Author Topic: LIDAR - in a way I can relate to  (Read 3639 times)

RideTheGlide

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Re: LIDAR - in a way I can relate to
« Reply #15 on: February 02, 2019, 02:28:59 PM »
This thread seems like it would be extremely interesting....as soon as someone translates it into "tech moron" for me. :-[ :D

Stuff that used to be tremendously expensive and require a team of engineers working for a year to put together can now be done by one guy in a weekend for the price of a pizza.

If you have a great idea for a device that does something worth while (or not) that involves things that you can determine using your senses, there are off shelf parts (electronic sensors) that hobbyists can cobble together pretty easily for not much money. Communicating between devices or your phone or the net is also not that hard or expensive. It can get a little more expensive if you want it to move around and do stuff, but that is still something that hobbyists can do.
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RideTheGlide

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Re: LIDAR - in a way I can relate to
« Reply #16 on: February 02, 2019, 06:39:30 PM »
So PonoBill talked me into ordering an ESP32. I have no idea what I am going to do with it.  ;D

I guess I will have to come up with something. I poked through my stuff and found a 3 wheel AV I abandoned when the builder for the runway inspector decided not to go forward. It has a couple of stepper motors for the back wheels. I was pushing that idea since we wanted more precise turning than you get with drive wheels in the back and steering in the front. The motors are weak though. It has a crappy little Arduino mini running it that has some issues; that's a candidate for the ESP32. I still have one of the high power xBees, which is pretty useless by itself, connected to yet another Arduino, GPS and tilt compensated compass. A rotary encoder. A fairly powerful brushless motor and ESC. Somewhere around here there's another Arduino that has the USB device settings and does some MIDI controller stuff. I think I have another box of sensors (like the Sharp IR) and I misplaced a little RC boat. This is what happens when I dabble with something and then stop messing with it for a while.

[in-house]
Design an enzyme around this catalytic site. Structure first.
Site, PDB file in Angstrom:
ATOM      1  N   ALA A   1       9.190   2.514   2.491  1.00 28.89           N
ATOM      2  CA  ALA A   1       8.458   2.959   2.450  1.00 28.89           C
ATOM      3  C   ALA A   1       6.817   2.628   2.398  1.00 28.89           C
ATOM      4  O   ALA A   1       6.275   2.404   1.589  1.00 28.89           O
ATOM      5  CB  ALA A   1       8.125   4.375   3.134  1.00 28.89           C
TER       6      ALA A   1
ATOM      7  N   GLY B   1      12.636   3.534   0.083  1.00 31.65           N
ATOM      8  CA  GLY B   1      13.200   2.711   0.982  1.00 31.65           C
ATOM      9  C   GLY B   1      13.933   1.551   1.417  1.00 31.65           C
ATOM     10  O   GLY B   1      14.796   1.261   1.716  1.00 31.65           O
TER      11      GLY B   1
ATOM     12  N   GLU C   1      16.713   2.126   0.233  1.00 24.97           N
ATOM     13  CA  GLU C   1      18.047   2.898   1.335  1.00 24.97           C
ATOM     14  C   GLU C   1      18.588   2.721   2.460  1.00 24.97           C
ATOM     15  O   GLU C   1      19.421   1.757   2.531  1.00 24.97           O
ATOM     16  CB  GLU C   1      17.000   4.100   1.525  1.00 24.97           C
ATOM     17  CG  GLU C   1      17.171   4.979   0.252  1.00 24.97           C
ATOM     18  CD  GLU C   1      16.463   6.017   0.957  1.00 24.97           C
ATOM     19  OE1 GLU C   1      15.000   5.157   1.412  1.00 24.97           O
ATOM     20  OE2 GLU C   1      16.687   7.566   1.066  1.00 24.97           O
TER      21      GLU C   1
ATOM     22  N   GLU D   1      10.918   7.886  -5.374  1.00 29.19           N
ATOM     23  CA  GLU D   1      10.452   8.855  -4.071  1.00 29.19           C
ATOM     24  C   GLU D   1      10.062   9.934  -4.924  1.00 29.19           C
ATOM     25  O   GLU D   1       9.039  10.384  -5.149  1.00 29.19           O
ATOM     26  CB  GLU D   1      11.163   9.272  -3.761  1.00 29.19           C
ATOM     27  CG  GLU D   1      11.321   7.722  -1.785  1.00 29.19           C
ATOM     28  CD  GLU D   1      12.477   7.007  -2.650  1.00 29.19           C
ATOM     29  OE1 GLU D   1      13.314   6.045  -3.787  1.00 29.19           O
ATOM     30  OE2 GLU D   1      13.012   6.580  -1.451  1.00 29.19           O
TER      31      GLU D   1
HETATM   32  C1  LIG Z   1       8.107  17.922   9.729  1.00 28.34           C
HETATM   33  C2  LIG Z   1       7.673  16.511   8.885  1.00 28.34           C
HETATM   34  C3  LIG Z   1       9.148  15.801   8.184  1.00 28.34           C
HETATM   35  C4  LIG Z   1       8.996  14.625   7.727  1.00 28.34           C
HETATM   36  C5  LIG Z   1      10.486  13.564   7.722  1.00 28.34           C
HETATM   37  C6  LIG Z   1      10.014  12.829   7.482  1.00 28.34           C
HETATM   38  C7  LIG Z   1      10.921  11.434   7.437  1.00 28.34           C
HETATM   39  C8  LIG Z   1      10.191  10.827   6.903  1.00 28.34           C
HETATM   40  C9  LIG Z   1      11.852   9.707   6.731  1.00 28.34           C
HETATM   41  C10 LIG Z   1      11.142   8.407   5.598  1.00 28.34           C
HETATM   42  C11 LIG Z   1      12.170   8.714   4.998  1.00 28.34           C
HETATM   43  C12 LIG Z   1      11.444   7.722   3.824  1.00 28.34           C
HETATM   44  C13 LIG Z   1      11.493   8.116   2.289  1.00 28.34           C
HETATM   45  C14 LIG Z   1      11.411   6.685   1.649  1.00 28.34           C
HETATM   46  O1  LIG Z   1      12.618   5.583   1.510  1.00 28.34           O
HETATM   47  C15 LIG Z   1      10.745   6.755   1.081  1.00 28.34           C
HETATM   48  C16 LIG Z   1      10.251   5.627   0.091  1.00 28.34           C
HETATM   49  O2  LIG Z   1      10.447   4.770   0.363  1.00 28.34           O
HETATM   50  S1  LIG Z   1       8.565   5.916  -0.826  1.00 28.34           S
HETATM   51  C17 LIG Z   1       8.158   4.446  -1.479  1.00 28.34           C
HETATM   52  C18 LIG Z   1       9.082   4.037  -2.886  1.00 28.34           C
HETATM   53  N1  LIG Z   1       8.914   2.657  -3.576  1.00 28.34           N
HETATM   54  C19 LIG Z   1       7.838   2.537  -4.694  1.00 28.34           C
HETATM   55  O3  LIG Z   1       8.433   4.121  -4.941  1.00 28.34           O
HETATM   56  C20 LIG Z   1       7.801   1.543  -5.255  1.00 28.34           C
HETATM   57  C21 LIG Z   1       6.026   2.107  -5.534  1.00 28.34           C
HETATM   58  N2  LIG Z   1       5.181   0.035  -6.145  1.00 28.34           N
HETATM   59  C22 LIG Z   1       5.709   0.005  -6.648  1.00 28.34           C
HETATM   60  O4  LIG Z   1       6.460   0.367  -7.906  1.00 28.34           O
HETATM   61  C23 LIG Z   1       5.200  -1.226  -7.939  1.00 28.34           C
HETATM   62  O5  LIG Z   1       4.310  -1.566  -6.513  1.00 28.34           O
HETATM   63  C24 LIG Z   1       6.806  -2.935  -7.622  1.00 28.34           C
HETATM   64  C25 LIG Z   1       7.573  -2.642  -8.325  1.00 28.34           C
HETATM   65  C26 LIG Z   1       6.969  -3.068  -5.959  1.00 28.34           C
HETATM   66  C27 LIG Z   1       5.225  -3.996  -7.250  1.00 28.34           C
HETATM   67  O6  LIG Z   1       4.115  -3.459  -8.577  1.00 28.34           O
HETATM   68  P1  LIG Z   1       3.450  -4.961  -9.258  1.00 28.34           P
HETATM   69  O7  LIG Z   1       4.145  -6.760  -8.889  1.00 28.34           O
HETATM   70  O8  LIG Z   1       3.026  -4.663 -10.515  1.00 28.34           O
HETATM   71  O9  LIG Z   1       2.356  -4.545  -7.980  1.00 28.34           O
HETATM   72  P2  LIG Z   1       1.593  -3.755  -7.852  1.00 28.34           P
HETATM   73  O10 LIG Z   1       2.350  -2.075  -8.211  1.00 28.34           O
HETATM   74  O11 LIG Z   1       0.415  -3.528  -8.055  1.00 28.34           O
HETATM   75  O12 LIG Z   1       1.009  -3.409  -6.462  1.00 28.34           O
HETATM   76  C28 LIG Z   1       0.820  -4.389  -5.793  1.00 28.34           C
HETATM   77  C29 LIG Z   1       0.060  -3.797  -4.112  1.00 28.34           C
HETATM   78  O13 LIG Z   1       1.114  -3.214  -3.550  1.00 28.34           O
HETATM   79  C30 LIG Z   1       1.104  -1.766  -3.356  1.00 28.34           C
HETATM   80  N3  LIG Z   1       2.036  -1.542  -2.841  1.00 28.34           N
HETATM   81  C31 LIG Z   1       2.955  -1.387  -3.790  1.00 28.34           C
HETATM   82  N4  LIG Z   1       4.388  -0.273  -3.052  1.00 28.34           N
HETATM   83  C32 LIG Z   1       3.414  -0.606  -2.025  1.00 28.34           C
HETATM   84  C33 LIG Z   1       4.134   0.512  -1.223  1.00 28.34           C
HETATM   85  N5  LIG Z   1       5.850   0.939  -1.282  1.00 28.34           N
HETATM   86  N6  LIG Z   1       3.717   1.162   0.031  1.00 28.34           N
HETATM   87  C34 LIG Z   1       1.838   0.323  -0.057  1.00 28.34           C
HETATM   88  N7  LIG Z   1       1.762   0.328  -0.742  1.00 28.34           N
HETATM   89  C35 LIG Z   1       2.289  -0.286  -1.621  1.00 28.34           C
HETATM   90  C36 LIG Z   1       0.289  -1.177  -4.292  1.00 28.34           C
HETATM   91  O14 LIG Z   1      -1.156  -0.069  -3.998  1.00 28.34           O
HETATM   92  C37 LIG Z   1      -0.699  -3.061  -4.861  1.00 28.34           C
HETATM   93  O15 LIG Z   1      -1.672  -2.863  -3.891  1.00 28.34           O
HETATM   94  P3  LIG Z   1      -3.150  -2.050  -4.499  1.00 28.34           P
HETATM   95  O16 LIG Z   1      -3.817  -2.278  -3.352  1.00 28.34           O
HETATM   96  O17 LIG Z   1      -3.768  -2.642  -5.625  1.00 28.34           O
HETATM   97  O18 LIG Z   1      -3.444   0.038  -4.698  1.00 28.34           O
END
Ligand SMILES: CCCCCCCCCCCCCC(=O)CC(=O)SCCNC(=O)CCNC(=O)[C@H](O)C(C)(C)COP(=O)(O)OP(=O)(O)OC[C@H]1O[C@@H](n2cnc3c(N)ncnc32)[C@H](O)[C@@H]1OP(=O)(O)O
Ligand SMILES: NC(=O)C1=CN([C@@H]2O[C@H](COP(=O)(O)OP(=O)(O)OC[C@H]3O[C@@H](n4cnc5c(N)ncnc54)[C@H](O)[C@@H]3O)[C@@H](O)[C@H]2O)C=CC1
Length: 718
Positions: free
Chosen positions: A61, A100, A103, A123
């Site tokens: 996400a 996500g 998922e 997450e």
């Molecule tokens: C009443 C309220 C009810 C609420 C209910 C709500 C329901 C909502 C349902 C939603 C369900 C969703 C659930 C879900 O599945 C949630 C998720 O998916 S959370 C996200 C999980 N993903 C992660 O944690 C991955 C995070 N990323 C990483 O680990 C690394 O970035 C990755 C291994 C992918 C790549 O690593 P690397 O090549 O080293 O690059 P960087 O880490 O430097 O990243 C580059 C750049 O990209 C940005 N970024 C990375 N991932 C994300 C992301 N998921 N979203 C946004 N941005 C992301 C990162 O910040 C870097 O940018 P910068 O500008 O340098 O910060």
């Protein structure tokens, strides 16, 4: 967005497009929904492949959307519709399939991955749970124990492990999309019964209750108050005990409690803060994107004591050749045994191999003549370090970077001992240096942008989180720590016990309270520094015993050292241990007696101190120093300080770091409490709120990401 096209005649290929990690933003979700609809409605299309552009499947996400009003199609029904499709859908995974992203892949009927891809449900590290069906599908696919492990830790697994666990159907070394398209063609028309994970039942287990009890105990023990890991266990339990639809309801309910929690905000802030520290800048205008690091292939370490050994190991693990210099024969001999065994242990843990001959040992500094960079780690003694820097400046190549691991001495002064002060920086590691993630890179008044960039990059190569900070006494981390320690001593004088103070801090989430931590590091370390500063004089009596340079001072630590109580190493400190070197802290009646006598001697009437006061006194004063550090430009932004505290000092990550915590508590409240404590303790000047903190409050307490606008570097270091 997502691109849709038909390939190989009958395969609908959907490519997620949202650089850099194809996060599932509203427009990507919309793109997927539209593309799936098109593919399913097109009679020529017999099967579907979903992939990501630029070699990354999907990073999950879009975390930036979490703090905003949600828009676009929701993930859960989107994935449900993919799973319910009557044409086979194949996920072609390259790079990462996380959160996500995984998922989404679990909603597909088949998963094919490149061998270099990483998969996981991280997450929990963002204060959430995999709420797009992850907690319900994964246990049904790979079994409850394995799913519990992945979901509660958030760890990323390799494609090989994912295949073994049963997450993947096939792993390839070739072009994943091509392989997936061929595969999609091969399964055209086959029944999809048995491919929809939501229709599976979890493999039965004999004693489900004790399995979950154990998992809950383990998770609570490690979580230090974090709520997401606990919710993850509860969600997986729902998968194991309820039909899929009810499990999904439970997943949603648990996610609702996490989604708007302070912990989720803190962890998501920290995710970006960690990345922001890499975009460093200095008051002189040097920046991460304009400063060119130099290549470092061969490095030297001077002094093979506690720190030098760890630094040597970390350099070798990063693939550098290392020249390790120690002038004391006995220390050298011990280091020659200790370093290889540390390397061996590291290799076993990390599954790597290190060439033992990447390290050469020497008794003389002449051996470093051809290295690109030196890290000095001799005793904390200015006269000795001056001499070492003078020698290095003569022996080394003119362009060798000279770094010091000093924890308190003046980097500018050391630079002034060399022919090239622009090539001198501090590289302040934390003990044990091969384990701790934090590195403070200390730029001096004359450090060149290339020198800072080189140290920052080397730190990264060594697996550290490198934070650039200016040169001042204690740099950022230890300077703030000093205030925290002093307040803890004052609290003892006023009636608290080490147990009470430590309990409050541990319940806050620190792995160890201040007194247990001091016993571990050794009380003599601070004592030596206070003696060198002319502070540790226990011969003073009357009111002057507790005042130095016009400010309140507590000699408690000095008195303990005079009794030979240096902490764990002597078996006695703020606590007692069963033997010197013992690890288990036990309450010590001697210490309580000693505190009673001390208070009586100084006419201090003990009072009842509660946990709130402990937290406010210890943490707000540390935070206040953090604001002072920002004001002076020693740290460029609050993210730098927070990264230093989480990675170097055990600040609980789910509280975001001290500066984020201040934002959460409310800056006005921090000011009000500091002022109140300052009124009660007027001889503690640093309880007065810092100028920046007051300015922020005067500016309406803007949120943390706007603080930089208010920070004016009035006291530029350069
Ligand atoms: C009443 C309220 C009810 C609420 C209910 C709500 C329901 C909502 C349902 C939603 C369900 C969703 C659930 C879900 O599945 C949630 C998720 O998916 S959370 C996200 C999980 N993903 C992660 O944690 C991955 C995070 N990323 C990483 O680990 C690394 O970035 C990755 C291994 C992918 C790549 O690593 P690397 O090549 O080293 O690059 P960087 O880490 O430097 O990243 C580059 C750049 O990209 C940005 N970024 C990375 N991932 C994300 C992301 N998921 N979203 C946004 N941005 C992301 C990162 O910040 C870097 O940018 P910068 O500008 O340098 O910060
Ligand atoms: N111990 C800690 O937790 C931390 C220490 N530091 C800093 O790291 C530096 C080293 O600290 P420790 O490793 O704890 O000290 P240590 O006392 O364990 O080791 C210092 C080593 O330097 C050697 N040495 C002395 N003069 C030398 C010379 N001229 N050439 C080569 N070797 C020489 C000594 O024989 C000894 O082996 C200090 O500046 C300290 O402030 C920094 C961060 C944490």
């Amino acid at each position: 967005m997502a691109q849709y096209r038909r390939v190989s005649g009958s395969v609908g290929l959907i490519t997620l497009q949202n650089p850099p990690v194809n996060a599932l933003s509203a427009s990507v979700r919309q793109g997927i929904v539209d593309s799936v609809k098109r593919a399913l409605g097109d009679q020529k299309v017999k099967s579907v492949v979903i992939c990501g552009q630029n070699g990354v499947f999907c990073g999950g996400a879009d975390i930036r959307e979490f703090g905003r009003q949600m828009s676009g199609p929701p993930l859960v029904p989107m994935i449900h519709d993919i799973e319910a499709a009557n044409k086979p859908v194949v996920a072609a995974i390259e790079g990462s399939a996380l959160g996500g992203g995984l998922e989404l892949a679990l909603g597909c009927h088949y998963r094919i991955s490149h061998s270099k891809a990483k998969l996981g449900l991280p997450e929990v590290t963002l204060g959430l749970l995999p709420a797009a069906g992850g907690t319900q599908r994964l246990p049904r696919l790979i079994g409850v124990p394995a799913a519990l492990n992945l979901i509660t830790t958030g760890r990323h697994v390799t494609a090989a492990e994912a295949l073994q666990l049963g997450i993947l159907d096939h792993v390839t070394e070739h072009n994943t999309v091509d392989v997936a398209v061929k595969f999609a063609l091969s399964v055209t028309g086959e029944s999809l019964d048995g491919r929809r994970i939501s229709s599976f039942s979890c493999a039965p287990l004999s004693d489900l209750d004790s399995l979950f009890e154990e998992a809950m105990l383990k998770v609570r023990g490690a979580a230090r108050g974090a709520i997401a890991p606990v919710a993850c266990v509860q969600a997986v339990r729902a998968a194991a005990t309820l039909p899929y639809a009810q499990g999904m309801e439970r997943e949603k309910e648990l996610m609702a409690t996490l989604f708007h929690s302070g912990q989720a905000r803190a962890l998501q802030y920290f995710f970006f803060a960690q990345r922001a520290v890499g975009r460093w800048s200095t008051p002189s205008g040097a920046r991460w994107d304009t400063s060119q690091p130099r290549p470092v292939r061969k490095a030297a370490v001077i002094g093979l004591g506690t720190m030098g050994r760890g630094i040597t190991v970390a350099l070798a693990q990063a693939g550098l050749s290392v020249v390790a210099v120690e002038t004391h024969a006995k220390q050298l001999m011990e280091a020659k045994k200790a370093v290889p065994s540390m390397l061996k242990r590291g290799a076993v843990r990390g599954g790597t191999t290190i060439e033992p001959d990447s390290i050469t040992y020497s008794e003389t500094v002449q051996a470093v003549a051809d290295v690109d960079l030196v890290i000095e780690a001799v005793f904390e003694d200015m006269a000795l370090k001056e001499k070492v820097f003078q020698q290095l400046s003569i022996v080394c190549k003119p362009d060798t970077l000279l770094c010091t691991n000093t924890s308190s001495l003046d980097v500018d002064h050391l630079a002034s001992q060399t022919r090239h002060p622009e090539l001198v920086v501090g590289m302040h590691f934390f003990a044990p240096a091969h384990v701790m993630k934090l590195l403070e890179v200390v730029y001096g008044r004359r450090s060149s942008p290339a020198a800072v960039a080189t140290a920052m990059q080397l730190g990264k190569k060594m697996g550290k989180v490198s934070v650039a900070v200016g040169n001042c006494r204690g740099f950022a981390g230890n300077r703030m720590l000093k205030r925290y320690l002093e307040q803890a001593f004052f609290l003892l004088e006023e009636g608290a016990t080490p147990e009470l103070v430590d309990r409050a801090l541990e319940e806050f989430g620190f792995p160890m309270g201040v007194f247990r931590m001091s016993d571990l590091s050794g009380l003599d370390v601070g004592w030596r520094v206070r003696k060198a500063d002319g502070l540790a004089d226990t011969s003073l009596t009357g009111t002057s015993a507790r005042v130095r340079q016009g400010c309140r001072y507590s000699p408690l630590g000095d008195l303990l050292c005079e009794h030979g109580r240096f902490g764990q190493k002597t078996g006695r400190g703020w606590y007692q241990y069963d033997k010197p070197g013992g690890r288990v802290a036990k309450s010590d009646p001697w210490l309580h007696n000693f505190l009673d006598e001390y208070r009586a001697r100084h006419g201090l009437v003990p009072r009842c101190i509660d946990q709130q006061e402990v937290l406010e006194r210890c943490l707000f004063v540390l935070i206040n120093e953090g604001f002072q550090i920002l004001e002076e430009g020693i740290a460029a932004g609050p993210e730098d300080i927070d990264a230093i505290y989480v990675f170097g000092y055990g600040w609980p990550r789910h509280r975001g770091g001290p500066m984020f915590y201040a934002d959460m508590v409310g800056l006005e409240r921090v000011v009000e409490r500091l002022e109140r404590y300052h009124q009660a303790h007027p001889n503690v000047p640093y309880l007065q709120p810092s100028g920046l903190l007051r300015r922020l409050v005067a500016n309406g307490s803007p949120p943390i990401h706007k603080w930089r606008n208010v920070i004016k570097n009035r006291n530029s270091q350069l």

EDIT - found a bunch of sensors, but not the IR. I can't remember what half the stuff is; going to have to Google chip numbers.
« Last Edit: February 02, 2019, 06:58:46 PM by RideTheGlide »
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PonoBill

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Re: LIDAR - in a way I can relate to
« Reply #17 on: February 02, 2019, 11:47:02 PM »
I feel your pain. This is my little electronics corner in my garage in Maui. The one in Hood River is at least an order of magnitude more confusing. I'm constantly picking up a board and trying to figure out WTF it is.





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Wetstuff

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Re: LIDAR - in a way I can relate to
« Reply #18 on: February 03, 2019, 08:18:58 AM »
Jeez...   "as a preamble as it is a series of perfectly timed spikes high and low that is not likely to be random static."  We had a 2-cyl JD tractor on my aunt's farm that was started with a flywheel.  I am extremely fortunate that with decent hands and dumb luck, I have been able to run a little business for ~40yrs.   I'd be still on the Concrete Gang if I was dependant on my brain.  A friend who decided what went on DOD satellites has learned to throttle back the brainiac.